A creamy squash soup that requires resting between stages to develop the most flavor. Top with crème fraîche and crispy sage for the ultimate meal starter.
By Winnie Abramson
I grow Cheese Pumpkins in my garden every year and one of my favorite ways to use them is in this gorgeous-hued Pumpkin Soup.
I thought it would be a great fit for the “Perfection Takes Time” campaign because it’s not a quickie recipe (just like FIJI Water isn’t quickie water!). FIJI water is collected in a natural aquifer, the result of rainwater trickling down through layers of volcanic rock. This is a slow process that allows for the gathering of minerals and electrolytes along the way, and which results in an amazingly pure, great-tasting water. (You can learn more about FIJI Water here.)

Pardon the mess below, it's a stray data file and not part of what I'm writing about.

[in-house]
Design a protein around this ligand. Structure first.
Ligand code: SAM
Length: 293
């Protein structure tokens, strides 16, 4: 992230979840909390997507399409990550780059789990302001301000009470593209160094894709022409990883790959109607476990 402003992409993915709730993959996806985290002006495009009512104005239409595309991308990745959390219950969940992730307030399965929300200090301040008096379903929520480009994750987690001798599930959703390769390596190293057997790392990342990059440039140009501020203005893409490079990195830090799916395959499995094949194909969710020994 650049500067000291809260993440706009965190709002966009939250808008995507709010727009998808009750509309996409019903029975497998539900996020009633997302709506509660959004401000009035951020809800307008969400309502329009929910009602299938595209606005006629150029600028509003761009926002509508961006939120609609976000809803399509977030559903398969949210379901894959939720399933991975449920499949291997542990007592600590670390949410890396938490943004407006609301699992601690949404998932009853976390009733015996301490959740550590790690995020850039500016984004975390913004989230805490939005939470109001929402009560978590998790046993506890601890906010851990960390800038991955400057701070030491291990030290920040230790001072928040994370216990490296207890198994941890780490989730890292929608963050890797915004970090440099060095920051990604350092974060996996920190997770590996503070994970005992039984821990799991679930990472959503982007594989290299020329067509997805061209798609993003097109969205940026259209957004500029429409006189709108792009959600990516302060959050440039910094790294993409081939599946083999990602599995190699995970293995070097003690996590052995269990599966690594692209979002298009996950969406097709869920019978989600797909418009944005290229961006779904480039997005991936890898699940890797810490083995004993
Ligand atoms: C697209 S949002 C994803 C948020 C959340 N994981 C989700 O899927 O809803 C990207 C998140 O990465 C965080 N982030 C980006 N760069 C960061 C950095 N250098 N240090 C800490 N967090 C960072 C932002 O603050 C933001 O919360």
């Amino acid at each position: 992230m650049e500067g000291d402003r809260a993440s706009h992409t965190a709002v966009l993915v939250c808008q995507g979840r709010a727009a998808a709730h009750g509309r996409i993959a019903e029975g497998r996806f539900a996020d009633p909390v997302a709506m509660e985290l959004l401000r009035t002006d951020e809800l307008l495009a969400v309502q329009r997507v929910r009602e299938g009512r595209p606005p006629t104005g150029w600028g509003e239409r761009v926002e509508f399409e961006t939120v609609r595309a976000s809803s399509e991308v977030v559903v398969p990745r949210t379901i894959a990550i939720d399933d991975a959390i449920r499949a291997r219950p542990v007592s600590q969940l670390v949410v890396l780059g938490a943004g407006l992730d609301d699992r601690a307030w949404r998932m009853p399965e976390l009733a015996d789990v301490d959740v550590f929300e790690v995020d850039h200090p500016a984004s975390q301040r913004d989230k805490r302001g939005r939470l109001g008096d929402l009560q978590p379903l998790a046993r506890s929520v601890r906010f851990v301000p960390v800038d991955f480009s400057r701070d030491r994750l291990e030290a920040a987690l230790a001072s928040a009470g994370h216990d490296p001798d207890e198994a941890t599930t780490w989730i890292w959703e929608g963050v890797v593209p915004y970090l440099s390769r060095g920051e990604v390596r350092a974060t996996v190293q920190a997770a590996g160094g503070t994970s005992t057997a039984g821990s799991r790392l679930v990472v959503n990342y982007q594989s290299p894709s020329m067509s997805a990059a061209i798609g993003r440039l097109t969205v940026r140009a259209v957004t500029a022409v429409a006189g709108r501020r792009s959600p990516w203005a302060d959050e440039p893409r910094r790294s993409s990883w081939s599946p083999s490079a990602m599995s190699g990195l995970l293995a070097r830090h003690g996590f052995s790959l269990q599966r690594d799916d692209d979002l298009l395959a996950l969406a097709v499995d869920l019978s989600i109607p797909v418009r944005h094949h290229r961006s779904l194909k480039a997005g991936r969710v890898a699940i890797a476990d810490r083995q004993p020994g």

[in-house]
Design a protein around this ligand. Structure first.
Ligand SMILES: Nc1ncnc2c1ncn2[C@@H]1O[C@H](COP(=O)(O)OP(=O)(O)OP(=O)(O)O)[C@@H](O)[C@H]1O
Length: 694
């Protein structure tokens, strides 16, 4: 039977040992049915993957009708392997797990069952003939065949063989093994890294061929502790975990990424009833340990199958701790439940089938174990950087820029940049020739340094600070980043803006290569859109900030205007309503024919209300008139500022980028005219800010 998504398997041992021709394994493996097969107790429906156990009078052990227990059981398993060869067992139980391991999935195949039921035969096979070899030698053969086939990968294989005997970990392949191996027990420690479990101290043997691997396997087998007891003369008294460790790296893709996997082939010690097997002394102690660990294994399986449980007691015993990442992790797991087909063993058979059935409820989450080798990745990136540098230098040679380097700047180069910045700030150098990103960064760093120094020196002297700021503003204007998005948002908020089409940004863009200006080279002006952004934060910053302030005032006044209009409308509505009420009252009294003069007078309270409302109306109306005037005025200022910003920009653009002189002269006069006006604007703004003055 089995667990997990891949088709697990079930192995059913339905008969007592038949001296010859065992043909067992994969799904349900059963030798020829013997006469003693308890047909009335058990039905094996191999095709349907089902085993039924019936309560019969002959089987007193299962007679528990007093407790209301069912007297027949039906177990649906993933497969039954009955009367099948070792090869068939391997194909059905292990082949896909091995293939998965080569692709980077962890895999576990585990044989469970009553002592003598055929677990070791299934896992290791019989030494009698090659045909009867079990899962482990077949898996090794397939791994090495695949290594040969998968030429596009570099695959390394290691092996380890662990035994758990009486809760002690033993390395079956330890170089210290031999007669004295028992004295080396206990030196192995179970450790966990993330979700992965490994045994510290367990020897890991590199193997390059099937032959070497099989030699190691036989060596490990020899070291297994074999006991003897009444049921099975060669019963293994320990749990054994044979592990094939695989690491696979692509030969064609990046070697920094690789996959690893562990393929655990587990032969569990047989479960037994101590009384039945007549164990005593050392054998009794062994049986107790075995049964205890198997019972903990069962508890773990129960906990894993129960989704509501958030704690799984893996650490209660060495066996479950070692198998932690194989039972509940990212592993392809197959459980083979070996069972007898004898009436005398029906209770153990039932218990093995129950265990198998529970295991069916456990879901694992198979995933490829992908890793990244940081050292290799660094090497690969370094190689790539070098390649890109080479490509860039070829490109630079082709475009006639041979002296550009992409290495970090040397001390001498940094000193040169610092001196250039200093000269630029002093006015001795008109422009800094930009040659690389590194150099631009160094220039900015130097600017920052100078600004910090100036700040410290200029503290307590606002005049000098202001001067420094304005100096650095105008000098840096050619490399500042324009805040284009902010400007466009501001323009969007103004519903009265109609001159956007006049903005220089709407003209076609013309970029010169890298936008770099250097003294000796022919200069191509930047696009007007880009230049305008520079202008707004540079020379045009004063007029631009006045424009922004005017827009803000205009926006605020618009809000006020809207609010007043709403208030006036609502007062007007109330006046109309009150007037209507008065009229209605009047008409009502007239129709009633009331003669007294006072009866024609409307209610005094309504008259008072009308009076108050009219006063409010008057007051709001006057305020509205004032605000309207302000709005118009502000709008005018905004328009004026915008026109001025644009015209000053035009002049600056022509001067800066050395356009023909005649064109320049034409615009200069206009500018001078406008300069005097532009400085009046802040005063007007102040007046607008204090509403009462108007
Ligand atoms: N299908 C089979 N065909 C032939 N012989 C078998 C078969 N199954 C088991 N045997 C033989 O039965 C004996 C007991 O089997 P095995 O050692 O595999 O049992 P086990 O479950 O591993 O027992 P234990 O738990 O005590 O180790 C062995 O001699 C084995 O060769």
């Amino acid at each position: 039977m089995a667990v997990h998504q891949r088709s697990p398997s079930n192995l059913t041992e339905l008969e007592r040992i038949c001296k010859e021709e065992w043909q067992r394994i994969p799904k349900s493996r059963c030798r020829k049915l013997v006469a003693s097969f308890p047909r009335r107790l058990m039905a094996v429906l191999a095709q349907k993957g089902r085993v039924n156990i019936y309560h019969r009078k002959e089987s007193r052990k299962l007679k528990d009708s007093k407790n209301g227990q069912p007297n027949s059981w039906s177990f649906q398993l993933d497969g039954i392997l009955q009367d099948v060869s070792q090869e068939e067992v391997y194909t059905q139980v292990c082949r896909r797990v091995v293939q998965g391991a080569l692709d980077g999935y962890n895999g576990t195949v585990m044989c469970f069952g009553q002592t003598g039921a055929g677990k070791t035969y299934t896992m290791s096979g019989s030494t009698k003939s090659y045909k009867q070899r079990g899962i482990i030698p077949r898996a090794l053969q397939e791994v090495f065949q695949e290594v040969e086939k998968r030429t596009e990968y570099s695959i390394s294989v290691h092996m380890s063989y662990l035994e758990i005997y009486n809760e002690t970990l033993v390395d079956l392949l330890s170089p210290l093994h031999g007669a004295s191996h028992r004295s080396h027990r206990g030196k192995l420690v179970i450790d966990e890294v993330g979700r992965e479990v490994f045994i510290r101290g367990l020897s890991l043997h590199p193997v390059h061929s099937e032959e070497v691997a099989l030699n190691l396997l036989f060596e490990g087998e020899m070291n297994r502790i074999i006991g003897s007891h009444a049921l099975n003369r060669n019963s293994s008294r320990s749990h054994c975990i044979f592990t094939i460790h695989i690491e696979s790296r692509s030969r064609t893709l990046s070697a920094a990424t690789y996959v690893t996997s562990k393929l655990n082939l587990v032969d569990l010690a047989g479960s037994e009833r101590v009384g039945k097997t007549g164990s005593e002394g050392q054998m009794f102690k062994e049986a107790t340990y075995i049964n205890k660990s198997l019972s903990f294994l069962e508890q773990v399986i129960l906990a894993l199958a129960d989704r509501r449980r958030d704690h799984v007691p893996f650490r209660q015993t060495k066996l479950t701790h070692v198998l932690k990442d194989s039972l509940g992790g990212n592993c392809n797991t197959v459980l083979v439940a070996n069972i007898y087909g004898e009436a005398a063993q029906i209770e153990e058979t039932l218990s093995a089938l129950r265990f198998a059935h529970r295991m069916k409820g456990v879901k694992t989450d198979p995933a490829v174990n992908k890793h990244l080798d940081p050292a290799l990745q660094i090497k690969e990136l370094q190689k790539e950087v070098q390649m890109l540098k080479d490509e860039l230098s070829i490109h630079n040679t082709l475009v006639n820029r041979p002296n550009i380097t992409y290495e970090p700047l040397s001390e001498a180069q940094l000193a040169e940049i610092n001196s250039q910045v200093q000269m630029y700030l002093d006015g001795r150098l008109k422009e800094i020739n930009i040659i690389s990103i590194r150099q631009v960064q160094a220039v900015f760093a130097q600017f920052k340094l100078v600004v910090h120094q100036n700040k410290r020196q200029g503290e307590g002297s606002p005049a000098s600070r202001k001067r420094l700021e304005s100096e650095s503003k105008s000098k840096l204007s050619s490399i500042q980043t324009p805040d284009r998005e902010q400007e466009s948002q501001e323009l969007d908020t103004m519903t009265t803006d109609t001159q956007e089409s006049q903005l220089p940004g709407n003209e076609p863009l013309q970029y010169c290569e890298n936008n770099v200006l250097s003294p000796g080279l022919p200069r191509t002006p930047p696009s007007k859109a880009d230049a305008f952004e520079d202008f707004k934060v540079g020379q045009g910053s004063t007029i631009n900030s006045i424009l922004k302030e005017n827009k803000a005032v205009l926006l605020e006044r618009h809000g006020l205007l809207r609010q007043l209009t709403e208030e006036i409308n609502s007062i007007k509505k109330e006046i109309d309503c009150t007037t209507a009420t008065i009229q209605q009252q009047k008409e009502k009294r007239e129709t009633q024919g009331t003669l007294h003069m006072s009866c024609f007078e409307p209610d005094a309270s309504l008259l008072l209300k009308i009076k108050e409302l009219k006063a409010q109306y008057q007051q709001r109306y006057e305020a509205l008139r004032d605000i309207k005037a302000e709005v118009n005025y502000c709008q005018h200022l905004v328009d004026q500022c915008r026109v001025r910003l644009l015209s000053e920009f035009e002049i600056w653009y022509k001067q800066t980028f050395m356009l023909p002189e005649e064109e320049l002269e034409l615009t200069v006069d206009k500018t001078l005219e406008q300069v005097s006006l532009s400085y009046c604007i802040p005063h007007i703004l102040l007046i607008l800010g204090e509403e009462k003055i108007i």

The recipe, which I adapted from the Butternut Squash Soup with Brown Butter in The Essential New York Times Cookbook, requires the ingredients to rest at several stages so the flavors can develop. Here’s how I recommend you time the making of this soup:
Day 1: bake the pumpkin and prep the leeks, carrots, and shallots/onion
Day 2: Prepare the soup then allow it to rest overnight
Day 3: Reheat the soup, make the fried sage leaves, and serve.
This makes a great first course any day, but will also fit right in at a holiday meal this season.
If you cannot find the variety of pumpkin that I used, substitute a winter squash such as Butternut. Sour cream makes a perfectly acceptable substitute if you don’t have crème fraîche (my “diy” crème fraîche recipe is here); the fried sage leaves are fun, but definitely optional.
Get this and many other Perfection Takes Time Recipes here or visit FIJI Water’s homepage.
This post is part of “Perfection Takes Time”, a partnership between Honest Cooking and FIJI Water.